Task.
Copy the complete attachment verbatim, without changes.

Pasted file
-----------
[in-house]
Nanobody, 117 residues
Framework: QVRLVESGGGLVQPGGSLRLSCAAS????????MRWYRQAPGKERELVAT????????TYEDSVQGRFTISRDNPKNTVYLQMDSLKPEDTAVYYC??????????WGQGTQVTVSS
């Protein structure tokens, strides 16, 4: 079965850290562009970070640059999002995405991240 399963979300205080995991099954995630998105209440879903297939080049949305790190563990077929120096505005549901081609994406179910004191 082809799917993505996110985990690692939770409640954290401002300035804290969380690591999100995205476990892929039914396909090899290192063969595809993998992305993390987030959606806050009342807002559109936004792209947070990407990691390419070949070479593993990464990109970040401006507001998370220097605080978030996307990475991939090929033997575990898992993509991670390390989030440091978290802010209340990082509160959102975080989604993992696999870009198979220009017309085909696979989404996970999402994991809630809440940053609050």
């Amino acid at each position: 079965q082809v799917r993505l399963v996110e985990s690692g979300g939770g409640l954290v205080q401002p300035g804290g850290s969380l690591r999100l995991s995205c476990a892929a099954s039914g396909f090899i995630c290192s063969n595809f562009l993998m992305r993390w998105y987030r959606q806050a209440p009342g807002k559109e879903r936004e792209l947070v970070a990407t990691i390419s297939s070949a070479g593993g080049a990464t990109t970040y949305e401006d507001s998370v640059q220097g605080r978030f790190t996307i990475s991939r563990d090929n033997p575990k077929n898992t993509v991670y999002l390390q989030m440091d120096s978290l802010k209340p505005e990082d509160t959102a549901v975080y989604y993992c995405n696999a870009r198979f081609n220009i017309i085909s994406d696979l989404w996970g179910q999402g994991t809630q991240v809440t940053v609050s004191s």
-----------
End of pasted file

[in-house]
Nanobody, 117 residues
Framework: QVRLVESGGGLVQPGGSLRLSCAAS????????MRWYRQAPGKERELVAT????????TYEDSVQGRFTISRDNPKNTVYLQMDSLKPEDTAVYYC??????????WGQGTQVTVSS
């Protein structure tokens, strides 16, 4: 079965850290562009970070640059999002995405991240 399963979300205080995991099954995630998105209440879903297939080049949305790190563990077929120096505005549901081609994406179910004191 082809799917993505996110985990690692939770409640954290401002300035804290969380690591999100995205476990892929039914396909090899290192063969595809993998992305993390987030959606806050009342807002559109936004792209947070990407990691390419070949070479593993990464990109970040401006507001998370220097605080978030996307990475991939090929033997575990898992993509991670390390989030440091978290802010209340990082509160959102975080989604993992696999870009198979220009017309085909696979989404996970999402994991809630809440940053609050």
């Amino acid at each position: 079965q082809v799917r993505l399963v996110e985990s690692g979300g939770g409640l954290v205080q401002p300035g804290g850290s969380l690591r999100l995991s995205c476990a892929a099954s039914g396909f090899i995630c290192s063969n595809f562009l993998m992305r993390w998105y987030r959606q806050a209440p009342g807002k559109e879903r936004e792209l947070v970070a990407t990691i390419s297939s070949a070479g593993g080049a990464t990109t970040y949305e401006d507001s998370v640059q220097g605080r978030f790190t996307i990475s991939r563990d090929n033997p575990k077929n898992t993509v991670y999002l390390q989030m440091d120096s978290l802010k209340p505005e990082d509160t959102a549901v975080y989604y993992c995405n696999a870009r198979f081609n220009i017309i085909s994406d696979l989404w996970g179910q999402g994991t809630q991240v809440t940053v609050s004191s």